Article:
Published on June 4th, 2013 | by EJC0
Results: Analyzing 2 Million Disaster Tweets From Oklahoma Tornado
Thanks to the excellent work carried out by my colleagues Hemant Purohit and Professor Amit Sheth, we were able to collect 2.7 million tweets posted in the aftermath of the Category 4 Tornado that devastated Moore, Oklahoma. Hemant, who recently spent half-a-year with us at QCRI, kindly took the lead on carrying out some preliminary analysis of the disaster data. He sampled 2.1 million tweets posted during the first 48 hours for the analysis below.
About 7% of these tweets (~146,000 tweets) were related to donations of resources and services such as money, shelter, food, clothing, medical supplies and volunteer assistance. Many of the donations-related tweets were informative in nature, e.g.: “As President Obama said this morning, if you want to help the people of Moore, visit [link]”. Approximately 1.3% of the tweets (about 30,000 tweets) referred to the provision of financial assistance to the disaster-affected population. Just over 400 unique tweets sought non-monetary donations, such as “please help get the word out, we are accepting kid clothes to send to the lil angels in Oklahoma. Drop off ”.
Exactly 152 unique tweets related to offers of help were posted within the first 48 hours of the Tornado. The vast majority of these were asking how to get involved in helping others affected by the disaster. For example: “Anyone know how to get involved to help the tornado victims in Oklahoma??#tornado #oklahomacity” and “I want to donate to the Oklahoma cause shoes clothes even food if I can.” These two offers of help are actually automatically “matchable”, making the notion of a “Match.com” for disaster response a distinct possibility. Indeed, Hemant has been working with my team and I at QCRI to develop algorithms (classifiers) that not only identify relevant needs/offers from Twitter automatically but also suggests matches as a result.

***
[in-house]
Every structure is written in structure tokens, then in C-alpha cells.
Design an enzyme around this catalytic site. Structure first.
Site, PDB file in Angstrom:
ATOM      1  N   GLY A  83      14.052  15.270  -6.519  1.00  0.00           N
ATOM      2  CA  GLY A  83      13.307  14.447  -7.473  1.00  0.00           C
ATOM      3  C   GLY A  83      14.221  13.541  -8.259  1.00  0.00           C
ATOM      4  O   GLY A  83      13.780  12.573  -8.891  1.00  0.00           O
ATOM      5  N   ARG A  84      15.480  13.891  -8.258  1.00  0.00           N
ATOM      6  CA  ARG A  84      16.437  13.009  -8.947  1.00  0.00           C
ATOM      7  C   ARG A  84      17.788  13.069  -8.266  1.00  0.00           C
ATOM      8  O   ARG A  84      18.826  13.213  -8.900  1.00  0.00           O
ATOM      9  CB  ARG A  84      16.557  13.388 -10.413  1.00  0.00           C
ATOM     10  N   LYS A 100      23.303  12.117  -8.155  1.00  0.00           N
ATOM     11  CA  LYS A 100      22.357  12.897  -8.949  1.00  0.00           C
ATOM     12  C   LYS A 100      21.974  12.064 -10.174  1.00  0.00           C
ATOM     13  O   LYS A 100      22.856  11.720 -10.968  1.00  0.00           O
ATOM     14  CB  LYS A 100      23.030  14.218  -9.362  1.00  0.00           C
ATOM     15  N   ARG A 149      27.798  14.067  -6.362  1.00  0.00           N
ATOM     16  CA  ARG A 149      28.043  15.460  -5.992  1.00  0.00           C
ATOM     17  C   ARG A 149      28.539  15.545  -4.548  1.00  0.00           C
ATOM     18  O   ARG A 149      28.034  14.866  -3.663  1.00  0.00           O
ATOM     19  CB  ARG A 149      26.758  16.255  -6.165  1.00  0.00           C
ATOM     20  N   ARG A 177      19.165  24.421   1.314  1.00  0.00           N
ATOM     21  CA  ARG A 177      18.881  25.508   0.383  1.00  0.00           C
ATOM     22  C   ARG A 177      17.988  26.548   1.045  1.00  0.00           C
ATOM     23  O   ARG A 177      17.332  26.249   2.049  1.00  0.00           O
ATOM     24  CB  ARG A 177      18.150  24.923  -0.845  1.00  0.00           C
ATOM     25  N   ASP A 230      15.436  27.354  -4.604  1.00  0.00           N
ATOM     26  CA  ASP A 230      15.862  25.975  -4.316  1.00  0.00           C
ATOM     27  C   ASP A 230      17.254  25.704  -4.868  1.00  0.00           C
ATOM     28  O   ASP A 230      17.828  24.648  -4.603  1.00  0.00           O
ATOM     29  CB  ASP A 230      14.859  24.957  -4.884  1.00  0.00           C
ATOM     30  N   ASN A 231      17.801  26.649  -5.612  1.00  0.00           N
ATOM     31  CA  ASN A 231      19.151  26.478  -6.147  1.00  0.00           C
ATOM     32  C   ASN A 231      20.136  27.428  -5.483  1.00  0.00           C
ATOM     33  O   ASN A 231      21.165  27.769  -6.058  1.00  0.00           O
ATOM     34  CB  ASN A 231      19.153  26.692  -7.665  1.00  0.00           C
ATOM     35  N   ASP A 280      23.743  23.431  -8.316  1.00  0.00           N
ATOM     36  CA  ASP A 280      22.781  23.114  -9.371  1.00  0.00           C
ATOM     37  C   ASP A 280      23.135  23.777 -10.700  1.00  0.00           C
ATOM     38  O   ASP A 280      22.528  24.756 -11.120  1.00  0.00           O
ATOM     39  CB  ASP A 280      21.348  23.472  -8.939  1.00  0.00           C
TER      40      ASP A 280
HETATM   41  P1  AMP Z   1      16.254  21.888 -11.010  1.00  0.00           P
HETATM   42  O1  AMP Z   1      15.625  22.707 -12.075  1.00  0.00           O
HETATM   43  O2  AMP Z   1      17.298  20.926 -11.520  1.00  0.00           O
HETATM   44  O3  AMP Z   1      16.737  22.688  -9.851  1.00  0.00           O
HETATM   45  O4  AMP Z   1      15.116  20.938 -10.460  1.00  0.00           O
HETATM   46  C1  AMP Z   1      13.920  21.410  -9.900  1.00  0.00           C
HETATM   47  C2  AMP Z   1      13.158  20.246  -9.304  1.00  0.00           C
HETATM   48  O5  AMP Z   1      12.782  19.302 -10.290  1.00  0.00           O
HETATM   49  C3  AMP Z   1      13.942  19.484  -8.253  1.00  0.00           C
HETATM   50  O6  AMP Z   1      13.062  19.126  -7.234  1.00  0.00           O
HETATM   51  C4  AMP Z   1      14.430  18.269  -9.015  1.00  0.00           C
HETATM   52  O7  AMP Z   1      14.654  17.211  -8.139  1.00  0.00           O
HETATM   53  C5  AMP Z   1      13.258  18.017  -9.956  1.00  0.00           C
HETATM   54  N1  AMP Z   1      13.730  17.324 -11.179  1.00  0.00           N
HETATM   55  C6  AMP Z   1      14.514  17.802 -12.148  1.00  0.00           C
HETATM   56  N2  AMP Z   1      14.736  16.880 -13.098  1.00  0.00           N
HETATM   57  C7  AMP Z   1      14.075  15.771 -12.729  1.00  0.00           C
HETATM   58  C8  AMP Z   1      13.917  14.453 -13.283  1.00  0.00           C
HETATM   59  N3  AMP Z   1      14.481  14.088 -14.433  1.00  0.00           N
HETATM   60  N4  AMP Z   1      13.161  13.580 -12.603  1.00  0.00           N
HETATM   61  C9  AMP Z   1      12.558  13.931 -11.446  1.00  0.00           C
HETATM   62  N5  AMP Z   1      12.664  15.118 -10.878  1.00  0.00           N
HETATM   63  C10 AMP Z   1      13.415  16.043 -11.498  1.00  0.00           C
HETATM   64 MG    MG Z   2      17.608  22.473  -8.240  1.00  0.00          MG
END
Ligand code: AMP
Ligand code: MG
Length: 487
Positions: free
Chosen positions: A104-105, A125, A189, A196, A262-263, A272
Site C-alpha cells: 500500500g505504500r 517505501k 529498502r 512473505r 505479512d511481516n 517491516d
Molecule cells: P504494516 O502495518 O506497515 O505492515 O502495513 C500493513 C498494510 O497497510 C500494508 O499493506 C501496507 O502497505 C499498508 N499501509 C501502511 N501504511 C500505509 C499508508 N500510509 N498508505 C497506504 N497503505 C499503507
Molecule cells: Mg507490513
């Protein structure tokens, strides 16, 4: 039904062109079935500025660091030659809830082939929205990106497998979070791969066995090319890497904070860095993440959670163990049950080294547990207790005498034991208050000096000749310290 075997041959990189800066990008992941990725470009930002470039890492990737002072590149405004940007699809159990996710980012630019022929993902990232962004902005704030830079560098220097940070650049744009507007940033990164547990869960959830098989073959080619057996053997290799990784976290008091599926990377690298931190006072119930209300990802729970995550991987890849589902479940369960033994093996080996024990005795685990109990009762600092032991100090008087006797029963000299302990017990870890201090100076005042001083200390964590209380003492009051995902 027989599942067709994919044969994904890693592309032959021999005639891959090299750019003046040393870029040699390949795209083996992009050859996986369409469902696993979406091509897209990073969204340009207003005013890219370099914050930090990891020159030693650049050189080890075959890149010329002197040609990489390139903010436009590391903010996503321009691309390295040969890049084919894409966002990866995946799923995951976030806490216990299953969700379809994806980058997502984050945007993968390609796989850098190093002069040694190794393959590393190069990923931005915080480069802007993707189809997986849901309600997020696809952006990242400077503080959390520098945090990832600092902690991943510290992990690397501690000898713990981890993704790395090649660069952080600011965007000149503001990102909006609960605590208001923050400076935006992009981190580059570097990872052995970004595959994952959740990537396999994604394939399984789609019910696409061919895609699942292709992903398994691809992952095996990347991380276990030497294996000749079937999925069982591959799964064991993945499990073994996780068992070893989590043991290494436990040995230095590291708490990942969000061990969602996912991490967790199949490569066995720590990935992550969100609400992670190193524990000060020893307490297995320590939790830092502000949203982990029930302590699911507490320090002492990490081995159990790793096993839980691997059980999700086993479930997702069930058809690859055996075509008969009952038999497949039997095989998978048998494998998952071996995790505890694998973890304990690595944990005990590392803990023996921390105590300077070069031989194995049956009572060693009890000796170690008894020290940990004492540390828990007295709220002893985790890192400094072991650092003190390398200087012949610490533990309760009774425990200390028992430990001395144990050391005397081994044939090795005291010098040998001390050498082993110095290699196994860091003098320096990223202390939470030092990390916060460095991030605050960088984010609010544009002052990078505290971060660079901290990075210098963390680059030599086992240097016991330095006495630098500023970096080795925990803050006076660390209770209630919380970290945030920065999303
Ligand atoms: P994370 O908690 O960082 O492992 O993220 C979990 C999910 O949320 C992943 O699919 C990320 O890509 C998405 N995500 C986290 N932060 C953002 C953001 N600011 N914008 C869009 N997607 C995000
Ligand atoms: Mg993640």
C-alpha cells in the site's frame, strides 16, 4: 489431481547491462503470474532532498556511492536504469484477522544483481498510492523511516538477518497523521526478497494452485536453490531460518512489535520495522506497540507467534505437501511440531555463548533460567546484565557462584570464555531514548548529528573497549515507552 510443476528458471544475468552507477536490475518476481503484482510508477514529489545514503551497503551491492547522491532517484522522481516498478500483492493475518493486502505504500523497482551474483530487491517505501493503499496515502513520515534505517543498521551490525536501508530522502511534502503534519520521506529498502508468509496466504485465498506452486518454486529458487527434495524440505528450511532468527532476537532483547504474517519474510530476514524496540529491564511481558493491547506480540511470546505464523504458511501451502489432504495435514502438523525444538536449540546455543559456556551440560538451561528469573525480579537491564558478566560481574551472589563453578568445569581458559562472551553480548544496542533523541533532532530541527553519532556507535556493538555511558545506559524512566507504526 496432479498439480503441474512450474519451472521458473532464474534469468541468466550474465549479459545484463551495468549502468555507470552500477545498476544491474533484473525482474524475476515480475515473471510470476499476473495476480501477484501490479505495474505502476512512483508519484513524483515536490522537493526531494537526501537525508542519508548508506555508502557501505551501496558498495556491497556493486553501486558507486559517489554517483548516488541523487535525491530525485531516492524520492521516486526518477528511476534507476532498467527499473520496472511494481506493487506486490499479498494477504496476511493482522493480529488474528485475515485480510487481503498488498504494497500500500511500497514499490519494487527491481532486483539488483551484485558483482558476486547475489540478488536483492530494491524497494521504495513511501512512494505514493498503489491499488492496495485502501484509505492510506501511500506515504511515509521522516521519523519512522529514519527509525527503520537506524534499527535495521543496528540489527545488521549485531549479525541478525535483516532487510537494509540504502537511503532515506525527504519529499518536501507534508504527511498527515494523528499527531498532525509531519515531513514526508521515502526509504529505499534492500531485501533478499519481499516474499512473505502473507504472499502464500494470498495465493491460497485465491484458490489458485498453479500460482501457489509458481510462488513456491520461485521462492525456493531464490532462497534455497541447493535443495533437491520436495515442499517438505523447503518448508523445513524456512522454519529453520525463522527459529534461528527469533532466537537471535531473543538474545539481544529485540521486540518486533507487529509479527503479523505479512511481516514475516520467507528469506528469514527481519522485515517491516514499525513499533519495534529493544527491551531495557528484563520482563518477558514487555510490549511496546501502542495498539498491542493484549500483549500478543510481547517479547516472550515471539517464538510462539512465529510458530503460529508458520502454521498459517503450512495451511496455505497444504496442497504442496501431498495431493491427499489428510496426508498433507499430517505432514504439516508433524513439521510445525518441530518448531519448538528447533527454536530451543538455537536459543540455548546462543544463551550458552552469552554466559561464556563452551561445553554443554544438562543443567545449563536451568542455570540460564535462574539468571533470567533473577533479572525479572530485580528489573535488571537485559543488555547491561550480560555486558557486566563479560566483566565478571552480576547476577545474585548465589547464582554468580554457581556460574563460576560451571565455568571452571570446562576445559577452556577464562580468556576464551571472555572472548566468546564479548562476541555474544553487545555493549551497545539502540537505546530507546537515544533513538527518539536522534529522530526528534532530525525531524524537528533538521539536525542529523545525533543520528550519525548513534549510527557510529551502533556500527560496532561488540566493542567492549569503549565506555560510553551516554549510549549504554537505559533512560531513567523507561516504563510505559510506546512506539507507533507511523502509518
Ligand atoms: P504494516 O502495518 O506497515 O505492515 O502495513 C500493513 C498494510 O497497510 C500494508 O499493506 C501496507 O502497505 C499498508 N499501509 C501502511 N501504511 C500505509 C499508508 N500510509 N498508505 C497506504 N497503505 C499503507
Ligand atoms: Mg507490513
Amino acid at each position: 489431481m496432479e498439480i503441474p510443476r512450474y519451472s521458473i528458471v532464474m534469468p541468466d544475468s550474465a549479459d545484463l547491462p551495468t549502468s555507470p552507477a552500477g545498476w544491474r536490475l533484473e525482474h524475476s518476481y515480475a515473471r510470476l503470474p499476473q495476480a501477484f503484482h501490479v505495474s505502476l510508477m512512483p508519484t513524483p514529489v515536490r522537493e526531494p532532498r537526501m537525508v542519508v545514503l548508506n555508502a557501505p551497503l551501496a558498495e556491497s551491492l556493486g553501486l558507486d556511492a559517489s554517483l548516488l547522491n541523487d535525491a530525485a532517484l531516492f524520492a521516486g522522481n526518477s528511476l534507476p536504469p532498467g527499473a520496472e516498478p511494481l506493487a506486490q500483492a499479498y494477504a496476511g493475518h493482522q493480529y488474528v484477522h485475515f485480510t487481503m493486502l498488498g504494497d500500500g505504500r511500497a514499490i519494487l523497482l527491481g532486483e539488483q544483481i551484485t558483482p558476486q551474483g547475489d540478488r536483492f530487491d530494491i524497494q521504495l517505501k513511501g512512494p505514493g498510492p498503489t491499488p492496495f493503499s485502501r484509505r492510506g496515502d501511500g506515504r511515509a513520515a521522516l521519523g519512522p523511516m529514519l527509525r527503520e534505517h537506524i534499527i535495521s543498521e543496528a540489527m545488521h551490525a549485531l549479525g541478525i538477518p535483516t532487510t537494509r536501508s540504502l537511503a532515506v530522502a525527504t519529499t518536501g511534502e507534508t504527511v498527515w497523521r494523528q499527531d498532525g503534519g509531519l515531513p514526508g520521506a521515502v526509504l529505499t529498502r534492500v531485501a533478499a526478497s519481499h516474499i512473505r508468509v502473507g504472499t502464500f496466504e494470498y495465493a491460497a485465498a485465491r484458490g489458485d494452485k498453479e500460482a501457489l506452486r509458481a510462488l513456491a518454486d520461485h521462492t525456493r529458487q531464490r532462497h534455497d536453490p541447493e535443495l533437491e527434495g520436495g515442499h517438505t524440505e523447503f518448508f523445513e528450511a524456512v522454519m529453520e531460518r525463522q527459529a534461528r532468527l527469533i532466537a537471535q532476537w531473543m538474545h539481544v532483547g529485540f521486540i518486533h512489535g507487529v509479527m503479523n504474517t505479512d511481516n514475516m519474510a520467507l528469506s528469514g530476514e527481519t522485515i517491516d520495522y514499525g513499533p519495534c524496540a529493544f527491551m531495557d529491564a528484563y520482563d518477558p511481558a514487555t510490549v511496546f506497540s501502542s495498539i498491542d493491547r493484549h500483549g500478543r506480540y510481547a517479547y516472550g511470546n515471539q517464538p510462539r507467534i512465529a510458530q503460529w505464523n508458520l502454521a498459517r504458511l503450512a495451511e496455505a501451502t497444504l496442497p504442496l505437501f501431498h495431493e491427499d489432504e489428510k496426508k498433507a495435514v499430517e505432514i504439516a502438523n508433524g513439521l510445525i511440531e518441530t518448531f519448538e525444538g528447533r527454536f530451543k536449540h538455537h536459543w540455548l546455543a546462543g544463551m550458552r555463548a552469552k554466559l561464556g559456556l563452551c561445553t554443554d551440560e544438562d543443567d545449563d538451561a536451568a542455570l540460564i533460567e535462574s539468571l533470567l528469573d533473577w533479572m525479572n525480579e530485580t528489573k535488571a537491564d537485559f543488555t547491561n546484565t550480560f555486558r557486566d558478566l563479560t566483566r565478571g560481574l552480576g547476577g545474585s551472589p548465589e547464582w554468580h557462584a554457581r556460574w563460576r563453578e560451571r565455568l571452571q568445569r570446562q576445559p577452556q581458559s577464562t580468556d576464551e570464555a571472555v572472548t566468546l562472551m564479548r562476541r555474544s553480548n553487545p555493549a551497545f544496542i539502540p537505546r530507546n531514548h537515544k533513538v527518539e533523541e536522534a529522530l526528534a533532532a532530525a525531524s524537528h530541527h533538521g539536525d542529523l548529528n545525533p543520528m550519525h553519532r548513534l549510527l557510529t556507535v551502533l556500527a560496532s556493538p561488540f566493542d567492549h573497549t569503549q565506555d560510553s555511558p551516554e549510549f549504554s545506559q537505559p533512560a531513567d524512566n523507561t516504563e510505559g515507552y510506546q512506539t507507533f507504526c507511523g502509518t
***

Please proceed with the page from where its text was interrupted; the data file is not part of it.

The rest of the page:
Some readers may be suprised to learn that “only” several hundred unique tweets (out of 2+million) were related to needs/offers. The first point to keep in mind is that social media complements rather than replaces traditional information sources. All of us working in this space fully recognize that we are looking for the equivalent of needles in a haystack. But these “needles” may contain real-time, life-saving information. Second, a significant number of disaster tweets are retweets. This is not a negative, Twitter is particularly useful for rapid information dissemination during crises. Third, while there were “only” 152 unique tweets offering help, this still represents over 130 Twitter users who were actively seeking ways to help pro bono within 48 hours of the disaster. Plus, they are automatically identifiable and directly contactable. So these volunteers could also be recruited as digital humanitarian volunteers for MicroMappers, for example. Fourth, the number of Twitter users continues to skyrocket. In 2011, Twitter had 100 million monthly active users. This figure doubled in 2012. Fifth, as I’ve explained here, if disaster responders want to increase the number of relevant disaster tweets, they need to create demand for them. Enlightened leadership and policy is necessary. This brings me to point six: we were “only” able to collect ~2 million tweets but suspect that as many as 10 million were posted during the first 48 hours. So humanitarian organizations along with their partners need access to the Twitter Firehose. Hence my lobbying for Big Data Philanthropy.
Finally, needs/offers are hardly the only type of useful information available on Twitter during crises, which is why we developed several automatic classifiers to extract data on: caution and advice, infrastructure damage, casualties and injuries, missing people and eyewitness accounts. In the near future, when ourAIDR platform is ready, colleagues from the American Red Cross, FEMA, UN, etc., will be able create their own classifiers on the fly to automatically collect information that is directly relevant to them and their relief operations. AIDR is spearheaded by QCRI colleague ChaTo and myself.
For now though, we simply emailed relevant geo-tagged and time-stamped data on needs/offers to colleagues at the American Red Cross who had requested this information. We also shared data related to gas leaks with colleagues at FEMA and ESRI, as per their request. The entire process was particularly insightful for Hemant and I, so we plan to follow up with these responders to learn how we can best support them again until AIDR becomes operational. In the meantime, check out the Twitris+ platform developed by Amit, Hemant and team at Kno.e.sis.
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Photo: Official U.S. Air Force